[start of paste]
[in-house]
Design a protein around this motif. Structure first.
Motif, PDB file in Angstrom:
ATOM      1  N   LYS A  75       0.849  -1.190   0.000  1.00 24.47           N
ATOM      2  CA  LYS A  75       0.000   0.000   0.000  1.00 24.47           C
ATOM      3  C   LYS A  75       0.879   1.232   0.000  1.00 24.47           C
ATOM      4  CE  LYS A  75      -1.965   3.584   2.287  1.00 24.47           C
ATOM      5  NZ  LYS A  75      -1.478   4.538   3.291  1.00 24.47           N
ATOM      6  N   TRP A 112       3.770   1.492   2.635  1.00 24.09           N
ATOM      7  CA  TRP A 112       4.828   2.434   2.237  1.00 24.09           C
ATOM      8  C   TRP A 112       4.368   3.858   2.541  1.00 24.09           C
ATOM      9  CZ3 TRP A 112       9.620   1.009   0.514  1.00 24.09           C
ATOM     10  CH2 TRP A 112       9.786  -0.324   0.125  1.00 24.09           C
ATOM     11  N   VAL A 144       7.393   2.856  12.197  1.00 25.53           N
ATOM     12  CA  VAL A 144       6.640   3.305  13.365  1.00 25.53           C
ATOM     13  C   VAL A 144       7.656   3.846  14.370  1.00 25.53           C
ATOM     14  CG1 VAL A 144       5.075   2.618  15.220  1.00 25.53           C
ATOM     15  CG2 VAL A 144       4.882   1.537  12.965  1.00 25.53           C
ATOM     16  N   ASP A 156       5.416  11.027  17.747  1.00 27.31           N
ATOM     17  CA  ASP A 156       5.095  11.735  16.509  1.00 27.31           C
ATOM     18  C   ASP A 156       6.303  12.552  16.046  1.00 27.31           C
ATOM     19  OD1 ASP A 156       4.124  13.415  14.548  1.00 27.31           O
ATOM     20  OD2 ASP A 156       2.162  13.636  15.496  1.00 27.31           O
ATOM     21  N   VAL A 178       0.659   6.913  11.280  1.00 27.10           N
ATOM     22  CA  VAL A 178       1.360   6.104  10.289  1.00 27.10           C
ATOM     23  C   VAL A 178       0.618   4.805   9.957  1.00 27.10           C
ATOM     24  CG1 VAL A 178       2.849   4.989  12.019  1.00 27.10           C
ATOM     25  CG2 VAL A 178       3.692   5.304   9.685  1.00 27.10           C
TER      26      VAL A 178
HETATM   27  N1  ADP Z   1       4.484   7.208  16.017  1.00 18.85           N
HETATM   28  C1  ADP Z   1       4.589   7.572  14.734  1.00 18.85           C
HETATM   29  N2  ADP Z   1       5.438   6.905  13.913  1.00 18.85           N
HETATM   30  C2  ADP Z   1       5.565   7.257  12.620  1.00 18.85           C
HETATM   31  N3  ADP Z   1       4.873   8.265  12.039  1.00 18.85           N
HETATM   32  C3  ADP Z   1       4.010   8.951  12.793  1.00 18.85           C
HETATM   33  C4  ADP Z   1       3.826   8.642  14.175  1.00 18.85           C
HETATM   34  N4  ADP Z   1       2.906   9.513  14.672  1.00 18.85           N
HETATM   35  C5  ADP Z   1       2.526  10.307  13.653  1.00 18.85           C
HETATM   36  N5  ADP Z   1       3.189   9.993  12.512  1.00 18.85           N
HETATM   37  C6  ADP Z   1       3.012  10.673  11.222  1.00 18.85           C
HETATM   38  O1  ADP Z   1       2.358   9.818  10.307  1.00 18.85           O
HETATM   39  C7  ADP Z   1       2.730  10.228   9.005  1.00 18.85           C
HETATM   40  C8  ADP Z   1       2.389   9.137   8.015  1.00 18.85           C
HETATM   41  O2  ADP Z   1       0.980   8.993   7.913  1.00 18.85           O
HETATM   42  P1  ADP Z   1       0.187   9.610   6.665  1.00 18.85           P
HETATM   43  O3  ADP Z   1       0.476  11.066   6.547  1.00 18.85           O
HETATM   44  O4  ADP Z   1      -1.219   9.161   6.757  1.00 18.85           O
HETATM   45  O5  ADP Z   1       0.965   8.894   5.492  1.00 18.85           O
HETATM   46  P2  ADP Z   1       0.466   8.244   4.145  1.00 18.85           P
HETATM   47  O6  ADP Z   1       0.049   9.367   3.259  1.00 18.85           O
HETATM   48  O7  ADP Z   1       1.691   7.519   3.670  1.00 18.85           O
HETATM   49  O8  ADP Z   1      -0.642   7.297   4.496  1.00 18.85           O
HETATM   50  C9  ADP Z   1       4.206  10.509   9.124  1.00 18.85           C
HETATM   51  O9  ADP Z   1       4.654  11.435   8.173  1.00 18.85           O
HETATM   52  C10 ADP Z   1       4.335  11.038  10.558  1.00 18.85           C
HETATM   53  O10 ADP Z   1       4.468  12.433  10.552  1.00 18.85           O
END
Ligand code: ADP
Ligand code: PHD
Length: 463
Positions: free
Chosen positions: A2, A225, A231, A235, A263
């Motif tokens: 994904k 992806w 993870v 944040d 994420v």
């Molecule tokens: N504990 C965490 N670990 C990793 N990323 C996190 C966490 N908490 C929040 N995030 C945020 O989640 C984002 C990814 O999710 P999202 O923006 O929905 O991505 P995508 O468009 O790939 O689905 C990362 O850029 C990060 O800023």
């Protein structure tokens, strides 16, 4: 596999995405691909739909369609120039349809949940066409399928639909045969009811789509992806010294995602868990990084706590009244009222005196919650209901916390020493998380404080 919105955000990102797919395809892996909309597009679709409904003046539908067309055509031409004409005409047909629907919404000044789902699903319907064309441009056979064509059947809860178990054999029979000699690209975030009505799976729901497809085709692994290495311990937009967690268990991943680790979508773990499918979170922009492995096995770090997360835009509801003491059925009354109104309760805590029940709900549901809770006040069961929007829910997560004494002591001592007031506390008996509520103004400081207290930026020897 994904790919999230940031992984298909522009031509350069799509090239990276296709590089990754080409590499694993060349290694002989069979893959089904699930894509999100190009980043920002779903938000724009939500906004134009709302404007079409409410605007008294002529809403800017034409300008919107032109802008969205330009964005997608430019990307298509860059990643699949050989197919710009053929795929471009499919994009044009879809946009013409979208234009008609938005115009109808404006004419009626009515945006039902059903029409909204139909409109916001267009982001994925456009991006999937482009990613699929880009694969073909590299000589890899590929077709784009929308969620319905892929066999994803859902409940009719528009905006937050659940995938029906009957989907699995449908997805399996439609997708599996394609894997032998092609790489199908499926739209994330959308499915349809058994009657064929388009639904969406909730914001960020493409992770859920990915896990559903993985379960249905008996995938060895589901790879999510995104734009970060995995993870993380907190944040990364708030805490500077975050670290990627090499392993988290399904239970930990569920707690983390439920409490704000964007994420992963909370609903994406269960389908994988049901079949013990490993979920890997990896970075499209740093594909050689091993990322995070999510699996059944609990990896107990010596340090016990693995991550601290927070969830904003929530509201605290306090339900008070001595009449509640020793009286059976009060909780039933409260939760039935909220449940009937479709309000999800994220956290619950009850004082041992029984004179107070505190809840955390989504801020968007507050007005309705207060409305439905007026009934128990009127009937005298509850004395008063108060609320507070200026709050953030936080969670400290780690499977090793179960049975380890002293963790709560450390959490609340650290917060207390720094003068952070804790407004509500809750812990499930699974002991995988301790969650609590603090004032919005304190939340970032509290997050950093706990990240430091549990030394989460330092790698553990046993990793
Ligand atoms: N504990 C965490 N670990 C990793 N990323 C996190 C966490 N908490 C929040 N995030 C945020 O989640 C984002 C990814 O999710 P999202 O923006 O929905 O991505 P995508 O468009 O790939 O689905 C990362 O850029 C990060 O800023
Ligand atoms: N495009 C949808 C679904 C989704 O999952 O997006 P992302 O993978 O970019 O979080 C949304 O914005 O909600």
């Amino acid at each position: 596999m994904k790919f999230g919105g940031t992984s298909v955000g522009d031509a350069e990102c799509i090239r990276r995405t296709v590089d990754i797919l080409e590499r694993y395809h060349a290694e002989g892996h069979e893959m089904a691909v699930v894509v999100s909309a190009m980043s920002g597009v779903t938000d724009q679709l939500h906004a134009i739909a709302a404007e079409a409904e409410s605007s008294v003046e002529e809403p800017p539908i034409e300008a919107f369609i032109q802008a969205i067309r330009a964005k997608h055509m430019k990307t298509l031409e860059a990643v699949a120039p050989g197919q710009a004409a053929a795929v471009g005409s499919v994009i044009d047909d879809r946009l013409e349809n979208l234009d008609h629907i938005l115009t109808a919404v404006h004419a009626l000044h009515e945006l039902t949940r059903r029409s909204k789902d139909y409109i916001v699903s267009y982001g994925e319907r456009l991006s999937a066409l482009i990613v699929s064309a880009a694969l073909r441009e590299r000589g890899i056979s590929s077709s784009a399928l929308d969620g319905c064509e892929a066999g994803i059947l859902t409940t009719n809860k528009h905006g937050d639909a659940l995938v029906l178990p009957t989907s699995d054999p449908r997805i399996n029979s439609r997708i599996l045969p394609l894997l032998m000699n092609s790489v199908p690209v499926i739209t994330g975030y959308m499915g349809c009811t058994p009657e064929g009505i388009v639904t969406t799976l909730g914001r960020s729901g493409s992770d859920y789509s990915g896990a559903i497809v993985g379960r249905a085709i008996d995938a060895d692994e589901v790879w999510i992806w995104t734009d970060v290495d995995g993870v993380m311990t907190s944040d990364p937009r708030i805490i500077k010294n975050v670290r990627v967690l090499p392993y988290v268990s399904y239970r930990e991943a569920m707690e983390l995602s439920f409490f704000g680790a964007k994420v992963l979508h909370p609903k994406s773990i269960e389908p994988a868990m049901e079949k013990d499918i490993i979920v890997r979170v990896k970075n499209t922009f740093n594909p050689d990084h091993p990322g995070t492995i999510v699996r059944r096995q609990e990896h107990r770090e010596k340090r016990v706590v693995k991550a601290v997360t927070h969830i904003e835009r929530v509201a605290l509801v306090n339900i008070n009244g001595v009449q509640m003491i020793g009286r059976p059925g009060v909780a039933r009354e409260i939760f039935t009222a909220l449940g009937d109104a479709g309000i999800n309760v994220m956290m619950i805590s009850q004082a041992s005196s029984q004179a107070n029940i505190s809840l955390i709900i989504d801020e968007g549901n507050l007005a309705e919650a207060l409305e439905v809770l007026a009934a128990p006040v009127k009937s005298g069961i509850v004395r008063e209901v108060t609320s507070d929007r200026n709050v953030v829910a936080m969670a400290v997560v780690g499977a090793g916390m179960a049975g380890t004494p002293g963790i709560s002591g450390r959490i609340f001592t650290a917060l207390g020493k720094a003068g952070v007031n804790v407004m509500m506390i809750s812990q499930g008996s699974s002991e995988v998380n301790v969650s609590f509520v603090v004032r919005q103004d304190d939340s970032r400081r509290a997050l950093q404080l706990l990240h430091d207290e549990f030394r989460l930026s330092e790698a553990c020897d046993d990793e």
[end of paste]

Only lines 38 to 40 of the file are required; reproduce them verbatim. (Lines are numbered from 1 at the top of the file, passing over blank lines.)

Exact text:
HETATM   35  C5  ADP Z   1       2.526  10.307  13.653  1.00 18.85           C
HETATM   36  N5  ADP Z   1       3.189   9.993  12.512  1.00 18.85           N
HETATM   37  C6  ADP Z   1       3.012  10.673  11.222  1.00 18.85           C